Drinkers surprised by voluntary breath test results


AUBURN — Her name was Kelli and she figured she was probably all right to drive.

Maybe. Maybe not.

“I’ve had two margaritas over two hours,” she said. And then she blew into the portable breathalyzer test.

The reading: 0.081

“I guess I shouldn’t be driving,” the 23-year-old said.

She found that out the easy way.

At Margaritas on Center Street on Friday night, police were hanging around with their breathalyzer gadget. Nobody had to blow into the device. It was purely voluntary. And yet, plenty of people were curious to see just how much booze was pumping around in their bloodstream.

“As soon as we walked through the door,” said Auburn police Lt. Tim Cougle, “people were lining up to take the test.”

Before she blew into the gizmo, Kelli had guessed her blood-alcohol level at 0.1. The reading was actually less than she had guessed.

Others went the other way. They thought they would be fine to drive and yet the breathalyzer showed otherwise.

The fact, police say, is that many people who drink and drive don’t realize they are impaired. They might have had two beers with dinner, or a glass of wine at the bar. They feel just fine and get into their cars to drive home.

The crucial time is between that last drink and the moment the key is twisted in the ignition.

“They might be at the bar or the restaurant for a couple of hours and have three or four drinks,” Cougle said. “They might be reaching that level of impairment and not even realize it.”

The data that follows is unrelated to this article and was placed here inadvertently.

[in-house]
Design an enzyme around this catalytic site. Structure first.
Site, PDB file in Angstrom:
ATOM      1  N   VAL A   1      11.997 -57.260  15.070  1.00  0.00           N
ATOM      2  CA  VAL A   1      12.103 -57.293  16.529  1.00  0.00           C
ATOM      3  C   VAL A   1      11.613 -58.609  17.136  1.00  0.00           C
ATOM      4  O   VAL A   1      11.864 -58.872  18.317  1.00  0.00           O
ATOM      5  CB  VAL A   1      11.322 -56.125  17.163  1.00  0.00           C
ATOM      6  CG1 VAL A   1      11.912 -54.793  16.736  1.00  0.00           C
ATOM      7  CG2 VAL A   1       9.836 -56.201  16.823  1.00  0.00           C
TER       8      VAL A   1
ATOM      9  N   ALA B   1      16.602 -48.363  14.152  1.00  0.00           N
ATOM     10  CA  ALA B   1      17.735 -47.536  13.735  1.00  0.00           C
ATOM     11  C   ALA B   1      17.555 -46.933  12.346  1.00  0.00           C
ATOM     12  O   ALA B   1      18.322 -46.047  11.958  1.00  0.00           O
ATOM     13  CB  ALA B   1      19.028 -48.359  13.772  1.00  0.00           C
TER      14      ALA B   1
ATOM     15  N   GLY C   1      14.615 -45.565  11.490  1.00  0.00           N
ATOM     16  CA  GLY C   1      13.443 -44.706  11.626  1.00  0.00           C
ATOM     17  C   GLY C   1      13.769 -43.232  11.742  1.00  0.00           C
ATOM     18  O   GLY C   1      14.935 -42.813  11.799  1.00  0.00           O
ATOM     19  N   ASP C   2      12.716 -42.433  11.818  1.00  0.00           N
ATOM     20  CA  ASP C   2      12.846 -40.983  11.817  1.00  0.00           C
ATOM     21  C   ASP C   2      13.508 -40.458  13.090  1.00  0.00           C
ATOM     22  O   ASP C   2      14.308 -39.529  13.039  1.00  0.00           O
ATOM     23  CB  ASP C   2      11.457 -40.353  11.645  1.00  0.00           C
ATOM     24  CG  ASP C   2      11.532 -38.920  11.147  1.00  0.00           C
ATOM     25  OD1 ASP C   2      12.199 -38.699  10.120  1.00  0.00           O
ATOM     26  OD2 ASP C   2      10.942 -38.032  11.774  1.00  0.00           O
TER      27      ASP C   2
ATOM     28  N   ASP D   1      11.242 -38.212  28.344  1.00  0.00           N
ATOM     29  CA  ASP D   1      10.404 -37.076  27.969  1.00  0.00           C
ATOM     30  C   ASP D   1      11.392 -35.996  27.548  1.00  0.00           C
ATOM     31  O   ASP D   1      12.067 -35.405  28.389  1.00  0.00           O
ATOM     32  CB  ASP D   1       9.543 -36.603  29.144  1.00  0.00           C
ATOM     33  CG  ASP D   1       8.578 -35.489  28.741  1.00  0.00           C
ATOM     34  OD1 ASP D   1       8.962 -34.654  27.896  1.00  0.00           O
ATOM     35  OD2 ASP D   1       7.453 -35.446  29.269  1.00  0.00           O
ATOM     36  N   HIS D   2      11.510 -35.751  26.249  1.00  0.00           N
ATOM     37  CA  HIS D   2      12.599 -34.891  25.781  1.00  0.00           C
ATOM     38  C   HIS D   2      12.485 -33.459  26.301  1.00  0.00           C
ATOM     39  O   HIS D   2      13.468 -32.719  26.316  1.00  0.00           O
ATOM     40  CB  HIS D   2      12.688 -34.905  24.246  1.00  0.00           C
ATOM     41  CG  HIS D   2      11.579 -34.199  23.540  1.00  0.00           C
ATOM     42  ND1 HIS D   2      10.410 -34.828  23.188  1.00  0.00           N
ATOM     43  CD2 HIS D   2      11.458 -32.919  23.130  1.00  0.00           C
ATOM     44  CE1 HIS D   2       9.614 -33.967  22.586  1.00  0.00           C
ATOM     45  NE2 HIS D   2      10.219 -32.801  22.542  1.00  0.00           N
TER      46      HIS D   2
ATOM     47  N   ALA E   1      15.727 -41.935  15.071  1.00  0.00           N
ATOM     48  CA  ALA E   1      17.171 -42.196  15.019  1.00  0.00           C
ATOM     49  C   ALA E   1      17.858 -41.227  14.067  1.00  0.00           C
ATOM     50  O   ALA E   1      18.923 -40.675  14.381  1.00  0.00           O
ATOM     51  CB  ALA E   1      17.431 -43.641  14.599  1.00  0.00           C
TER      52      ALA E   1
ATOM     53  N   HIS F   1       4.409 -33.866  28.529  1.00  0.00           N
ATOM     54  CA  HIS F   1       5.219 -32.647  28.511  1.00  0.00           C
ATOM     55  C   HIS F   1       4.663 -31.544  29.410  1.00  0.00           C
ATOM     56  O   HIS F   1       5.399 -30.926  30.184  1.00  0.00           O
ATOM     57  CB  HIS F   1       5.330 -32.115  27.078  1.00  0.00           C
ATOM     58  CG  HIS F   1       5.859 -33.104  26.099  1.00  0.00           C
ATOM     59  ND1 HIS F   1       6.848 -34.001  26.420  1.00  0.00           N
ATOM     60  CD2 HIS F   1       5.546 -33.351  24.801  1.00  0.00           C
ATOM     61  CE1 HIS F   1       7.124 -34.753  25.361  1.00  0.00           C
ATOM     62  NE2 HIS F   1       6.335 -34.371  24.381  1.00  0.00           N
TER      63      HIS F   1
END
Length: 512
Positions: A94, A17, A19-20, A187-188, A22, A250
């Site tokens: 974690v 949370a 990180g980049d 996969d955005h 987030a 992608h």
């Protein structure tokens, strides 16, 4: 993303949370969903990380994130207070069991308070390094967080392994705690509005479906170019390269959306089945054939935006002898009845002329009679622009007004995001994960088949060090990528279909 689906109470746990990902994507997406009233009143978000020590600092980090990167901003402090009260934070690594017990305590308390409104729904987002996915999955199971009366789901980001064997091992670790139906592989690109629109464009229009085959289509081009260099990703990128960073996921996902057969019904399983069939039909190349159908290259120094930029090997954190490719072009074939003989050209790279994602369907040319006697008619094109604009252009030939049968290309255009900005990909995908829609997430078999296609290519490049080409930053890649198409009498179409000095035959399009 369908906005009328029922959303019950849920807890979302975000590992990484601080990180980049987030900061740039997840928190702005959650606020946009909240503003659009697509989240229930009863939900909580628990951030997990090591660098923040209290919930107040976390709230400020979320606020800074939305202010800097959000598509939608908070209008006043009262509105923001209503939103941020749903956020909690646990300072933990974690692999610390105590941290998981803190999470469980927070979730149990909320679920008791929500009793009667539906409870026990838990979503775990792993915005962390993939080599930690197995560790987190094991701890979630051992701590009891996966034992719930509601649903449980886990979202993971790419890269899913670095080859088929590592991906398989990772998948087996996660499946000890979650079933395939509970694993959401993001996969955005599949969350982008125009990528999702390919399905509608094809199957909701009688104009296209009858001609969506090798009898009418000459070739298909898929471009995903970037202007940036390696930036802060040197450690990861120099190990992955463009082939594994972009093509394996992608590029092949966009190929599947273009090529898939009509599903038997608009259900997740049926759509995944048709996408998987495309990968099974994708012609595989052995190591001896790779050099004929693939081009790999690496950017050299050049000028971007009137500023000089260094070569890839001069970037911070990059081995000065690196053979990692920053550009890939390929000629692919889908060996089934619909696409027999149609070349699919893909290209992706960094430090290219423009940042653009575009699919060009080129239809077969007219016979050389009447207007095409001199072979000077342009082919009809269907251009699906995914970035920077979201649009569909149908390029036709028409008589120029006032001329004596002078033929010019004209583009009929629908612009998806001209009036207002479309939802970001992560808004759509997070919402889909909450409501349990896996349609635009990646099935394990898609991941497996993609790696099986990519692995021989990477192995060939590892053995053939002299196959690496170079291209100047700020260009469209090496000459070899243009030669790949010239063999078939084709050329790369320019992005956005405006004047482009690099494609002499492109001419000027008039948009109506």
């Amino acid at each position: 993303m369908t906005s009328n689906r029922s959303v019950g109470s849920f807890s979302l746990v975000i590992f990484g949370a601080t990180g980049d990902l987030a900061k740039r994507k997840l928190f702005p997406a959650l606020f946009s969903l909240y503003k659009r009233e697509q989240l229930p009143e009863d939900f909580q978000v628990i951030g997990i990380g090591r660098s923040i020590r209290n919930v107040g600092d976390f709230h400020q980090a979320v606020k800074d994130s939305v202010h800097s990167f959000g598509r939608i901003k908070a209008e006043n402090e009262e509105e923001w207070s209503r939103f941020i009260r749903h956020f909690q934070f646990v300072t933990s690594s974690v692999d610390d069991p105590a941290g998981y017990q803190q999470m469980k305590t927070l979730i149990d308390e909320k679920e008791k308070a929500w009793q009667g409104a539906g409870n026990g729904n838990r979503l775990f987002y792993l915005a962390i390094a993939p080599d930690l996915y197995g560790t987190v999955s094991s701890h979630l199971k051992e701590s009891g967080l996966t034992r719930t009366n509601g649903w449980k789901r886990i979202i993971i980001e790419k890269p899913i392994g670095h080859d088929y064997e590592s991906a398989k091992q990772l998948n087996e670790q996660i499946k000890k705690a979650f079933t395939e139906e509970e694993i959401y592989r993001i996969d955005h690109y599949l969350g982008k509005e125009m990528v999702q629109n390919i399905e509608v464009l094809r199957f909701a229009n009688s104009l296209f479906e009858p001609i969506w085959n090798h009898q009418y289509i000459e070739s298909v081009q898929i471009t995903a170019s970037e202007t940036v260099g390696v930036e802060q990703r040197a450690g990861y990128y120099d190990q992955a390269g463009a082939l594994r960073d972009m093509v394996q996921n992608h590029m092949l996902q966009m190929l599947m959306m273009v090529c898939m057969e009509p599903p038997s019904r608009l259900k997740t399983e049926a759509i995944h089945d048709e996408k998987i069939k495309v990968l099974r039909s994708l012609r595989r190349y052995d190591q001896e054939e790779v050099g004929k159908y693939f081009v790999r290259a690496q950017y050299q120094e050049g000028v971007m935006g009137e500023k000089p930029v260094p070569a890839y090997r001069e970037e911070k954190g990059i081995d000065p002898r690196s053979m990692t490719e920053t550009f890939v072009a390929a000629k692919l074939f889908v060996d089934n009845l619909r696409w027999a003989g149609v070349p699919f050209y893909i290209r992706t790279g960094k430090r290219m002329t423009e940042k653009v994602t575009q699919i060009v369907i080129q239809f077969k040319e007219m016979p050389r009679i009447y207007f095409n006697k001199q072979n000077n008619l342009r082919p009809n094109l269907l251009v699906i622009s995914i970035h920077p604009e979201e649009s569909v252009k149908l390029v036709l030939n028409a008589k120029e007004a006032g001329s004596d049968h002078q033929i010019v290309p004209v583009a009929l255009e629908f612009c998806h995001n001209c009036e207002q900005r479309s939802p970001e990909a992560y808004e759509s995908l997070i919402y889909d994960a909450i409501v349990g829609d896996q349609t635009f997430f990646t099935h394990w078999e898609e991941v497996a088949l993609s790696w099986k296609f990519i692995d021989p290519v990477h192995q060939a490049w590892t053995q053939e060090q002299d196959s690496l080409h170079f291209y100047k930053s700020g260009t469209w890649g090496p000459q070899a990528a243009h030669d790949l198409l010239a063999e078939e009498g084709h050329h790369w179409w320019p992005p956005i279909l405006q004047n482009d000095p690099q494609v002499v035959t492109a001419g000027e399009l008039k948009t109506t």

At any club or restaurant, you can usually find specific groups of people: those who aren’t drinking at all and those who are outright smashed.

At Margaritas, police were hoping to educate the group that falls in between.

“We’re focusing on people who are right on the edge,” Cougle said.

Many of those who lined up to take the test were indeed on the edge. They blew slightly over or slightly under the legal limit of 0.08. It was still early. The drinking was just getting started.

One woman who had two drinks blew a 0.054. Technically, she was under the legal limit. But she had just finished the second of those drinks.

“Your alcohol level is still climbing,” Cougle said.

One man guessed he would blow a 0.11 and — credit for knowing his limits — blew exactly that.

The portable breath test takes only about 20 seconds to deliver results. A drinker who thought he was OK to drive home can learn that fast whether or not he was right.

Margaritas arranged to have a cab company on standby for those who decided that maybe driving wasn’t such a great idea after all. Police were also prepared to help impaired drinkers to find a more responsible way home.

The idea of the night wasn’t to make drunk driving arrests but to prevent them.

The event was officially titled “Are You an Impaired Motorist?” by the Auburn Police Department. Teams of officers were challenged to identify problems and help generate solutions.

For Cougle and the rest of his team of officers who work the night shift, the matter of drunken driving is a big one. With many of the area clubs and popular restaurants now in Auburn, drunk drivers often start their journeys there.

For Kelli, the test revealed that her two margaritas were still in her system. She should find a driver or wait a while before getting into her car.

“I’m not going anywhere,” she said, “until I know I’m all right to drive.”